As the coronavirus vaccine continues to be rolled out in the UK doctors have said that it’s “normal” to feel unwell after your jab.
Side effects of the two Covid vaccines are “very common” claims official guidance.
This may mean you experience tiredness, pain or flu like symptoms, but medics have said it’s often nothing to worry about.
Prof Martin Marshall, from the Royal College of GPs, was reported to have said: "Patients should be assured that both Covid-19 vaccines currently being used in the UK have gone through a rigorous process to ensure they are both safe and effective.
"It is normal, as with most vaccinations, side effects of drinking alcohol while taking metronidazole for some patients to experience mild side-effects.
"If required, we would recommend that patients treat these with painkillers, such as paracetamol."
The vaccination drive has so far seen more than 22.8million people get the jab.
And, according to Public Health England, it takes a few weeks for immunity to kick in.
Both the Pfizer and Oxford AstraZeneca jabs have to be administered twice to a patient before they are fully vaccinated, although one injection still provides some immunity.
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Government guidance warns that the jabs can cause side effects “like all medicines.”
It added that most are “mild and short-term, and not everyone gets them.”
Even if you get symptoms after the first jab you still need to get the second.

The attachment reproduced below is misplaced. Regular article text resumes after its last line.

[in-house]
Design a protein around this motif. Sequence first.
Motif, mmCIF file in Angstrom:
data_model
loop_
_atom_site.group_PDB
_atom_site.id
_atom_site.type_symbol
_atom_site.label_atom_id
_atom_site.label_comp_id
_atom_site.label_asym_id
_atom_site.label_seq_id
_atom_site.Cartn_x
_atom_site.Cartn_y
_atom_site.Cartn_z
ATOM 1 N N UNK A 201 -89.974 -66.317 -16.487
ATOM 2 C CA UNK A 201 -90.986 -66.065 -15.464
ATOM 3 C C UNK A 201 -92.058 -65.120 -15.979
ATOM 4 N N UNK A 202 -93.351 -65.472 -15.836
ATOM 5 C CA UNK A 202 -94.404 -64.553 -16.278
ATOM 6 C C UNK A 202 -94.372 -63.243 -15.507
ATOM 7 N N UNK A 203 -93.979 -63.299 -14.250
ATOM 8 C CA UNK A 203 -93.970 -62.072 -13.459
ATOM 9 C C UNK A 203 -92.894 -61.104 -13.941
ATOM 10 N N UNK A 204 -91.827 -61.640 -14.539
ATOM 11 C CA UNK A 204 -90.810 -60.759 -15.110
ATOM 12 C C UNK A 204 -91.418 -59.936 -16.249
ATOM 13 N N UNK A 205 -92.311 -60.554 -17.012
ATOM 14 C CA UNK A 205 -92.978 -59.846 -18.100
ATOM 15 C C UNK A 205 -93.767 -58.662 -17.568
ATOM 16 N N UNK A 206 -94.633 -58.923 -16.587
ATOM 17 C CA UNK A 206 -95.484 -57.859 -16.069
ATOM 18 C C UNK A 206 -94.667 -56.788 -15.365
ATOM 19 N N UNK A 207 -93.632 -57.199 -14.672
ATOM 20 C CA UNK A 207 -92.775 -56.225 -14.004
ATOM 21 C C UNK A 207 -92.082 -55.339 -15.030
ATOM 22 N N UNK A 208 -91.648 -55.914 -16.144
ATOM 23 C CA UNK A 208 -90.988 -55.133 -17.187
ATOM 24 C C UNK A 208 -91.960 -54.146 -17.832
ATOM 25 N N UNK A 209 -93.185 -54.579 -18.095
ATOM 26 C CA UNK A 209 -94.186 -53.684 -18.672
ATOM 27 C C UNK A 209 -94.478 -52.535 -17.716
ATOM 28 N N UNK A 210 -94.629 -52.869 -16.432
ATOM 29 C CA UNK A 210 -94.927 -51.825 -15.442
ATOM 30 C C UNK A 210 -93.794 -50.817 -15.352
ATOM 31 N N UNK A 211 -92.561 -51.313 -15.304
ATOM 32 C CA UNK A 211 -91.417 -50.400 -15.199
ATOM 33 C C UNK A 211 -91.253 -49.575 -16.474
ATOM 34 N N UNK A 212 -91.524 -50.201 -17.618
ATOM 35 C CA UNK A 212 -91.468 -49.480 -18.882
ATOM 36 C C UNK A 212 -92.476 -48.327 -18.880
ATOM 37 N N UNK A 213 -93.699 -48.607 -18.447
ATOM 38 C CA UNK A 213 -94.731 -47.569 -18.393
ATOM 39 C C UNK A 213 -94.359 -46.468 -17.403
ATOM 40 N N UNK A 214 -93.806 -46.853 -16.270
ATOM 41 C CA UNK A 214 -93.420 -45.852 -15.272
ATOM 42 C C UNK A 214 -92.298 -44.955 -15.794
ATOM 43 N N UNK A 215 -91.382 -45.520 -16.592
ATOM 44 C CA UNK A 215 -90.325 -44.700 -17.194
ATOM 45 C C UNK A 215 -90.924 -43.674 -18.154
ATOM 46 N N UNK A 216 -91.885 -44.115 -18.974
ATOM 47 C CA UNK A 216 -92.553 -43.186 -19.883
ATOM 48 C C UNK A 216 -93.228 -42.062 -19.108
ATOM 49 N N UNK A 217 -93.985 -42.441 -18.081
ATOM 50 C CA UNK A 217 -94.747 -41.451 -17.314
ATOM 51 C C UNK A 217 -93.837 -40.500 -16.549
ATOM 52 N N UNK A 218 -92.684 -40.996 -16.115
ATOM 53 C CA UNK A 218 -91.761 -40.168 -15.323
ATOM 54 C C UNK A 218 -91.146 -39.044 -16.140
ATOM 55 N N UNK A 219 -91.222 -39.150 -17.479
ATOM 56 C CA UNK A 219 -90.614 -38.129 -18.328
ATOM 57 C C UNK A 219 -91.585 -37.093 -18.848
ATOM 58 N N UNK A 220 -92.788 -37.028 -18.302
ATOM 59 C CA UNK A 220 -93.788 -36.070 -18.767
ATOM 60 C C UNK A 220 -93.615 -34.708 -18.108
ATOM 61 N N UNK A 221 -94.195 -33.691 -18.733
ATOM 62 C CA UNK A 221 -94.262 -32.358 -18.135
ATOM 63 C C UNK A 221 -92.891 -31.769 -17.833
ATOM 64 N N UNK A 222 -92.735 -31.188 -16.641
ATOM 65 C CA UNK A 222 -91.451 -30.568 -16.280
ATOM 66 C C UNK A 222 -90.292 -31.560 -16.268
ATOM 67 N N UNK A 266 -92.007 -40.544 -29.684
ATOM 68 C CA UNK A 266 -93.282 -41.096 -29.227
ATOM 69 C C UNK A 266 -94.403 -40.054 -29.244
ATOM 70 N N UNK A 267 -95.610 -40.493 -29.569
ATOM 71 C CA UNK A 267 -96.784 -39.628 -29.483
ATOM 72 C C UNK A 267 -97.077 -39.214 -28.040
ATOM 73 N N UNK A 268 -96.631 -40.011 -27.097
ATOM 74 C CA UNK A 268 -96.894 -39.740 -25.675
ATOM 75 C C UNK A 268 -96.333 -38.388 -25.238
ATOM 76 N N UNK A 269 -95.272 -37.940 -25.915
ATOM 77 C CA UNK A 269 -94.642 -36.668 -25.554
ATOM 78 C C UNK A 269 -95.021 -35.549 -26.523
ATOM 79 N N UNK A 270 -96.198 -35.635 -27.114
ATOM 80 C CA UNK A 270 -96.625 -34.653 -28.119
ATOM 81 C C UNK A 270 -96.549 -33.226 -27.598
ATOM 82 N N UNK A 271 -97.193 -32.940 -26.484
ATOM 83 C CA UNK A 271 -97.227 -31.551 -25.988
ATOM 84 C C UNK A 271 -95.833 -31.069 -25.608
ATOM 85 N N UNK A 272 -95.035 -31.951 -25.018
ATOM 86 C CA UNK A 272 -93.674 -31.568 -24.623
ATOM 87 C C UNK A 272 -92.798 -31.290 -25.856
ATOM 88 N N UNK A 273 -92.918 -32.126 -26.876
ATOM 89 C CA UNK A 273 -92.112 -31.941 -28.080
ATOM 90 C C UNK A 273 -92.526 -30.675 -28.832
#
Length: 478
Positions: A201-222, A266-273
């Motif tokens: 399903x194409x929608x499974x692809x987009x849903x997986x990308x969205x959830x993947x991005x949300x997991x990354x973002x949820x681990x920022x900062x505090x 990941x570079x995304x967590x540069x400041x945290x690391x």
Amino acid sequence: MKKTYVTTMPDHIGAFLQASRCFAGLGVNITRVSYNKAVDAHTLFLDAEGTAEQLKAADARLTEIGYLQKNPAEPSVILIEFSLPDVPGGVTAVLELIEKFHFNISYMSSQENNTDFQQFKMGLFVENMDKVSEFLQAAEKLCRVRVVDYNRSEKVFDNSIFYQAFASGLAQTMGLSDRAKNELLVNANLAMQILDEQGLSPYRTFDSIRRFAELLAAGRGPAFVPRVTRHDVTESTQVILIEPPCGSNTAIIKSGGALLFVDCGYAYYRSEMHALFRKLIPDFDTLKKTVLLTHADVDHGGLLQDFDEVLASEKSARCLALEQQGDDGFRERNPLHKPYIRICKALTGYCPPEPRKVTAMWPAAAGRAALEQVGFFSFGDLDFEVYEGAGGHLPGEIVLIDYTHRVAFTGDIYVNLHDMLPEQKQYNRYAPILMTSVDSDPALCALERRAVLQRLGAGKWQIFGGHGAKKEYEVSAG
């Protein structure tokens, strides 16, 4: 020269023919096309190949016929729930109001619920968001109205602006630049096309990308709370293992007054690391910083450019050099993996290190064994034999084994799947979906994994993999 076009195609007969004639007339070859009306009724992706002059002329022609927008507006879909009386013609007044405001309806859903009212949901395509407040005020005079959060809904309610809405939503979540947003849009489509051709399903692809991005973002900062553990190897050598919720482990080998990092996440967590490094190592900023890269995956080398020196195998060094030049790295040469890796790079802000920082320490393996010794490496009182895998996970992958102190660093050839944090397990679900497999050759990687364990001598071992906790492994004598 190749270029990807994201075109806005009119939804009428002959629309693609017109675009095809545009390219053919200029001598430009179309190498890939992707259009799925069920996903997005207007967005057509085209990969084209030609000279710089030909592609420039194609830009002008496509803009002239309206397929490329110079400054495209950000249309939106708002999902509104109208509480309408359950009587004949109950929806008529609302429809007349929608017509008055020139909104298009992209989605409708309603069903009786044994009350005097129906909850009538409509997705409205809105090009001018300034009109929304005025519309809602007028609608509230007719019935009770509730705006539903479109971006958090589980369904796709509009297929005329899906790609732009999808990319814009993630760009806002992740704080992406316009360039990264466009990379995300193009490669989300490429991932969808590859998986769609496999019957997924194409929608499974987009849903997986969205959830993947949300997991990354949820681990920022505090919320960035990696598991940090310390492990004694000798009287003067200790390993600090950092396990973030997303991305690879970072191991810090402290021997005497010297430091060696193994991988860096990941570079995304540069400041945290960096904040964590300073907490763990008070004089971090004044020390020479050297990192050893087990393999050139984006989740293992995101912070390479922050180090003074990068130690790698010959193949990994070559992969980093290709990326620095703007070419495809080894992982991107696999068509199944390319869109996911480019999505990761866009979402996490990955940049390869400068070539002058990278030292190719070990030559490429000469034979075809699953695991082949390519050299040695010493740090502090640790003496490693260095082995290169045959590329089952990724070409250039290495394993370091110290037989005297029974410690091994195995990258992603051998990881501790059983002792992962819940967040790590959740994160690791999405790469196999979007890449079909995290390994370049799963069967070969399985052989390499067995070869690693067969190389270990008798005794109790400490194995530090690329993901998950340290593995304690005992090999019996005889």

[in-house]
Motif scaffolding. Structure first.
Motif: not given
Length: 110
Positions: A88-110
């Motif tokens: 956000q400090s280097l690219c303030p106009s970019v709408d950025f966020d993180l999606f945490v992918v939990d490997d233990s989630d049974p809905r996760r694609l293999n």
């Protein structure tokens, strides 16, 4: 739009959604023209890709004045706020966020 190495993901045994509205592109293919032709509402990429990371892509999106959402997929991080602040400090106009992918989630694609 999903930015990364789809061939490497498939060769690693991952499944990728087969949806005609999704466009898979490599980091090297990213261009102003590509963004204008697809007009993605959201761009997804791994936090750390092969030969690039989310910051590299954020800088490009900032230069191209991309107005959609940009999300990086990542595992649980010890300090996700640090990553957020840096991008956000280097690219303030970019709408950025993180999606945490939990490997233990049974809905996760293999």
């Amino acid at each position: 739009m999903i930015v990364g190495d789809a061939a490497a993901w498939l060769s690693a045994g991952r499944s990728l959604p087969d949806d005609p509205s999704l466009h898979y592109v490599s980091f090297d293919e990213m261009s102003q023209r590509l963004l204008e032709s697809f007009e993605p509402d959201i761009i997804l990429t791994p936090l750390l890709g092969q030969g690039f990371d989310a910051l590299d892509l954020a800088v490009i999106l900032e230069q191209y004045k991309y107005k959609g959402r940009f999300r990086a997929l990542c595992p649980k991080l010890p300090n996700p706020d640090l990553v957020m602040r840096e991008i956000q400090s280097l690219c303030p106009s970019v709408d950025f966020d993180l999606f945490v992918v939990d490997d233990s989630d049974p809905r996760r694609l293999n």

“Very common” side effects include:
- A painful, heavy feeling and tenderness and tenderness in the arm where you had the injection, which tends to be worse about one or two days after the vaccination.
- Feeling tired
- A headache
- General aches or mild flu-like symptoms
Feeling feverish is not uncommon for up to three days, but a high temperature is rare and could indicate that you have Covid or another infection.
Another uncommon side effect is swelling of the glands.
It is advised that you rest and take paracetamol to recover from mild symptoms.
You should behave as normal if you feel well, but beware that your arm might be sore and make heavy lifting painful.
If you feel unwell or fatigued then you should avoid driving or operating machinery.
The symptoms are said to usually last less than a week, but if they get worse or you are concerned call the NHS on 111.
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